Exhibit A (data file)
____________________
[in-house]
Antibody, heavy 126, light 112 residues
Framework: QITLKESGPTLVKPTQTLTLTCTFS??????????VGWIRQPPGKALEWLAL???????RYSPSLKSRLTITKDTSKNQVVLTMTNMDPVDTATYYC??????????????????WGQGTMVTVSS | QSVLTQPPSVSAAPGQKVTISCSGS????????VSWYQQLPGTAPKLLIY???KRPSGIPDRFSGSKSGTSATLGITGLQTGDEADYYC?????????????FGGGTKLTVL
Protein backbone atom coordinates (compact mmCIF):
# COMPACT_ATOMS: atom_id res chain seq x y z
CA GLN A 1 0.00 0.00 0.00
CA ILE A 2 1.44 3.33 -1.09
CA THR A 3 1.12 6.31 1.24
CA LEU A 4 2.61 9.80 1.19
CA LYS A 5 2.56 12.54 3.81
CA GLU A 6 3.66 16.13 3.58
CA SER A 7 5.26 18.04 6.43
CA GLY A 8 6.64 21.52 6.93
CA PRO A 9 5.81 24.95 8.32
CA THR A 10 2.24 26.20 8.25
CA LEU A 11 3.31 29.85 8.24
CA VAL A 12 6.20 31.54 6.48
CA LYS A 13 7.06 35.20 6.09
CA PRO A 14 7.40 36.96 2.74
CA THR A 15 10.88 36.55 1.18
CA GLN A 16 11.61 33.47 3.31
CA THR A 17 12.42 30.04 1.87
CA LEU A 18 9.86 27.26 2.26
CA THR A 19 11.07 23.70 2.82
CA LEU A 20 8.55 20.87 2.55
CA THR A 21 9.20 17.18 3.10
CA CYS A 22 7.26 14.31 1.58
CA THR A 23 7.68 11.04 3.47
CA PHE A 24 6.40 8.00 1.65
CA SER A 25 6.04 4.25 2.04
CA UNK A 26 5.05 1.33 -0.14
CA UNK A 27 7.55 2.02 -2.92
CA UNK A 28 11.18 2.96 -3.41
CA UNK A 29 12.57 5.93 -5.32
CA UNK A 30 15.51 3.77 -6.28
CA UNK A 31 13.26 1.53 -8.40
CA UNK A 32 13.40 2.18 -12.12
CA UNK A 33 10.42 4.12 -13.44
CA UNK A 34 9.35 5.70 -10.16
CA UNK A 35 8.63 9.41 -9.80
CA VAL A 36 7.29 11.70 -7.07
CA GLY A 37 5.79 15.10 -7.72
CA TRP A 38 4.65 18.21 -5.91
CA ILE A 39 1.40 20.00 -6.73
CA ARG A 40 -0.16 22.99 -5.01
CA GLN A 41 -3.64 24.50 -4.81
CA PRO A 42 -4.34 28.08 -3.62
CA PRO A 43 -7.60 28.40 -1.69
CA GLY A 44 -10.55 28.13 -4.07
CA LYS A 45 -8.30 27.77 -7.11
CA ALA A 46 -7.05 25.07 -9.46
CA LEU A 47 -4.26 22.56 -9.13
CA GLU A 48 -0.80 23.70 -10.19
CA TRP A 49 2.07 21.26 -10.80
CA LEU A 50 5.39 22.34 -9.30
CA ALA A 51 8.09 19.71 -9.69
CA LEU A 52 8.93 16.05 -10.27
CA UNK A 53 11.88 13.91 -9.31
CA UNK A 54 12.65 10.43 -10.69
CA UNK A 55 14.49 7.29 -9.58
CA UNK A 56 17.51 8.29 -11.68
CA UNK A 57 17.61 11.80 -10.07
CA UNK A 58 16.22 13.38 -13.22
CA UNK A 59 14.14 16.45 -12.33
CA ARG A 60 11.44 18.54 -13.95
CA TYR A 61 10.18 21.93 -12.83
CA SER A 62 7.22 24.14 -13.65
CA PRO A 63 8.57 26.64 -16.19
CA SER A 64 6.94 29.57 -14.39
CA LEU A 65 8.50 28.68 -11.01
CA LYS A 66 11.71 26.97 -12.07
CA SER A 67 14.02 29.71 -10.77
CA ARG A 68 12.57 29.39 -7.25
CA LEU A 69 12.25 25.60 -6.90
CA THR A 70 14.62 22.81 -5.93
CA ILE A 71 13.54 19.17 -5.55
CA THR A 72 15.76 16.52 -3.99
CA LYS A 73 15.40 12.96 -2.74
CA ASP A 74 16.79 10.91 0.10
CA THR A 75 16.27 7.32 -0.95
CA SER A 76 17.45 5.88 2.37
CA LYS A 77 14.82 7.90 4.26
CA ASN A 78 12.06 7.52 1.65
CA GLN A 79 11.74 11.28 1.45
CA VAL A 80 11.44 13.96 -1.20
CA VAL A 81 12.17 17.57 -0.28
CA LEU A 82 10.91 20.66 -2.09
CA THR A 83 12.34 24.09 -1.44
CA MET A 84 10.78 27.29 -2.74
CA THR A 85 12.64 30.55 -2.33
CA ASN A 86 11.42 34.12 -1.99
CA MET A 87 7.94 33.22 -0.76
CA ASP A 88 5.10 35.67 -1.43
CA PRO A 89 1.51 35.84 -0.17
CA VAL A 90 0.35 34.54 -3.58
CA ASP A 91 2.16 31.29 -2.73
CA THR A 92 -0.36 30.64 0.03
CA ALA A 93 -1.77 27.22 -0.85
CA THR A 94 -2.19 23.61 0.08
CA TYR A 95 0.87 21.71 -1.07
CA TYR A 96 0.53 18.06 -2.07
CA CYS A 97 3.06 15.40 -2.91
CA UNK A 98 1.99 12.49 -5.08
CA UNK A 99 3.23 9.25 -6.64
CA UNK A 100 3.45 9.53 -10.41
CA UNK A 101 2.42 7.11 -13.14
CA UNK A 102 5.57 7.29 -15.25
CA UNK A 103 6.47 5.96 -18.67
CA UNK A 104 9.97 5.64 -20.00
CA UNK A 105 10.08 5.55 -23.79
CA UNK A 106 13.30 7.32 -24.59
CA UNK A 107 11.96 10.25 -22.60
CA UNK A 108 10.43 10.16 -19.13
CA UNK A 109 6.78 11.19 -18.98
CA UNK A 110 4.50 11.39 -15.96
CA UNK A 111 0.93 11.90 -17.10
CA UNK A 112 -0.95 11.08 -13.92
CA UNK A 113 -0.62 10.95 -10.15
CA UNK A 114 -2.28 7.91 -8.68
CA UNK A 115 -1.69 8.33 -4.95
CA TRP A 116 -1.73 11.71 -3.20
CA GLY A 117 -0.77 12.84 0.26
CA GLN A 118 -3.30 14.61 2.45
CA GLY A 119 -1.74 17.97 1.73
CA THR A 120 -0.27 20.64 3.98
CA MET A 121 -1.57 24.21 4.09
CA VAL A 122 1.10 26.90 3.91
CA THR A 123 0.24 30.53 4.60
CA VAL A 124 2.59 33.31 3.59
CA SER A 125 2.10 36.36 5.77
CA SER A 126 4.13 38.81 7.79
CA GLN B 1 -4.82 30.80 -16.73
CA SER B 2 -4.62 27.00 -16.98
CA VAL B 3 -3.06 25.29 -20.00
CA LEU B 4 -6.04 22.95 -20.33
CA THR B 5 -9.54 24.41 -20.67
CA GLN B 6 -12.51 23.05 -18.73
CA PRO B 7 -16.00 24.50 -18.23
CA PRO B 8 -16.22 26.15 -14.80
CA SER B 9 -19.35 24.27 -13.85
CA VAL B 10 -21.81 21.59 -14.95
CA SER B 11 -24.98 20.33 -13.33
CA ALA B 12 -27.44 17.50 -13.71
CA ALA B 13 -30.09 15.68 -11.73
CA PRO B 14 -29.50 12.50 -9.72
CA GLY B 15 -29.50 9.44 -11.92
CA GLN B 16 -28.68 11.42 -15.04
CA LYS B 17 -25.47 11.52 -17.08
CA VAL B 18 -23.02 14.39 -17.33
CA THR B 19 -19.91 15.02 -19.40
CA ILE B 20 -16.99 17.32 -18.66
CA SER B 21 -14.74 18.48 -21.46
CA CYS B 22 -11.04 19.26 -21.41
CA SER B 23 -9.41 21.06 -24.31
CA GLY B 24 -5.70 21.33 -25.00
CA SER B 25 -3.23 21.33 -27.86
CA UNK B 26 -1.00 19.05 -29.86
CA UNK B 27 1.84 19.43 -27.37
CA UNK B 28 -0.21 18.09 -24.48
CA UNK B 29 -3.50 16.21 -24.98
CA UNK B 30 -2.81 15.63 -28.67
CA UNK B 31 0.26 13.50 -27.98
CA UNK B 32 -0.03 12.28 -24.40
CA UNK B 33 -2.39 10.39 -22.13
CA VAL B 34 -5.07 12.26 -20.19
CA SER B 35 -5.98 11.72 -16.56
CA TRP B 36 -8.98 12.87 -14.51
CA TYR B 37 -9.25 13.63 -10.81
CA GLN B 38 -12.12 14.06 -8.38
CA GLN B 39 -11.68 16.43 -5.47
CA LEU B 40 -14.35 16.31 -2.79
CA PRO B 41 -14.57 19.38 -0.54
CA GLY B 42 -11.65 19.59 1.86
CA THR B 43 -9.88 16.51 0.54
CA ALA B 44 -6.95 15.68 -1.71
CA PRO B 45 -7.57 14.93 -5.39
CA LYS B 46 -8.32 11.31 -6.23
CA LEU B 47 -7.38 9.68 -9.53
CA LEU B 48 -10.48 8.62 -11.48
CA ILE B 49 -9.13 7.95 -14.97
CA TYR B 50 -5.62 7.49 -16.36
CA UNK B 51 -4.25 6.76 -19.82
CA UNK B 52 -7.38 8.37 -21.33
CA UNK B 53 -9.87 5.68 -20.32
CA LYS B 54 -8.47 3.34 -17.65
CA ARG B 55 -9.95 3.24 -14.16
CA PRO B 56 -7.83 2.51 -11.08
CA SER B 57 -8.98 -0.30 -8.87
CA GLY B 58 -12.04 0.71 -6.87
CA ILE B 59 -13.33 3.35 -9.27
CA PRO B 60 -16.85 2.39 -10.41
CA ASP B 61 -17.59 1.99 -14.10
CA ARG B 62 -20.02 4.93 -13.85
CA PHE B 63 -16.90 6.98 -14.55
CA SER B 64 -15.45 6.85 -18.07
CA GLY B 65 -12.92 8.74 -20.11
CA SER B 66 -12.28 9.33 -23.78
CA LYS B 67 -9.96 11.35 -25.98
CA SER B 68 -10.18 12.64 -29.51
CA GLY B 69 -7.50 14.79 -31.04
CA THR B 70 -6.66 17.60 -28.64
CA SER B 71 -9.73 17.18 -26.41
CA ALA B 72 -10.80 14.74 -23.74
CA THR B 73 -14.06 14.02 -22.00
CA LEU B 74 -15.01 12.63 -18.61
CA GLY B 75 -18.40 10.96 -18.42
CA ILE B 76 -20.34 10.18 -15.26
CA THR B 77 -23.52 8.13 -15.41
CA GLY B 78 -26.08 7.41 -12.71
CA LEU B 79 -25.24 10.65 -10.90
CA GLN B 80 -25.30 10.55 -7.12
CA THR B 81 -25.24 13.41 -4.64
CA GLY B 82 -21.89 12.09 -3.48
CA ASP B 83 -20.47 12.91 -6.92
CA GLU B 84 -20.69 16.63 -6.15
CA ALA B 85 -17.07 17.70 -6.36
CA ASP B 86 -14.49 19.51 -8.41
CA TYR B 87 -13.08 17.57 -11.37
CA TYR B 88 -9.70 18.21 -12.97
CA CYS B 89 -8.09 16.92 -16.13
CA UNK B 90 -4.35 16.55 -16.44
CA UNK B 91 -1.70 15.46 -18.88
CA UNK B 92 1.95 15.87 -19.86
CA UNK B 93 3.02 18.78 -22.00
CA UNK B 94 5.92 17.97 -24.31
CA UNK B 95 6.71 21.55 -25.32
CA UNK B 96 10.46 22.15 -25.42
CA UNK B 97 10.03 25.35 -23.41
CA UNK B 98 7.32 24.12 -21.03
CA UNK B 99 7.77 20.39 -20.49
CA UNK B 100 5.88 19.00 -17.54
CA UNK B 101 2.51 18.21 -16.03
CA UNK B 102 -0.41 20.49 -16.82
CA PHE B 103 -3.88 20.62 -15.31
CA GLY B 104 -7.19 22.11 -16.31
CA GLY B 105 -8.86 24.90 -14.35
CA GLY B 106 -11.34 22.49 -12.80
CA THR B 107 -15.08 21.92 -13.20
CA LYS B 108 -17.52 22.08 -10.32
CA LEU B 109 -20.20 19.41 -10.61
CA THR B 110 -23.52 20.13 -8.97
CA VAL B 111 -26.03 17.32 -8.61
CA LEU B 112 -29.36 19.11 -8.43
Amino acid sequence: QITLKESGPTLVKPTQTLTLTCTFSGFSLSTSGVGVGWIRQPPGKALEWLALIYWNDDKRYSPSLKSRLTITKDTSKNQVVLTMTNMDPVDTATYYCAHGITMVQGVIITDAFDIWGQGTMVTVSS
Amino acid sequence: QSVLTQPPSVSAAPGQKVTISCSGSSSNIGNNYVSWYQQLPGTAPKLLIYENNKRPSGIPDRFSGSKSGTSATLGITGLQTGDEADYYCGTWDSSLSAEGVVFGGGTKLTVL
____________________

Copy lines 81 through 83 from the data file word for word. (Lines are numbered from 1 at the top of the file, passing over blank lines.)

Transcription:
CA SER A 76 17.45 5.88 2.37
CA LYS A 77 14.82 7.90 4.26
CA ASN A 78 12.06 7.52 1.65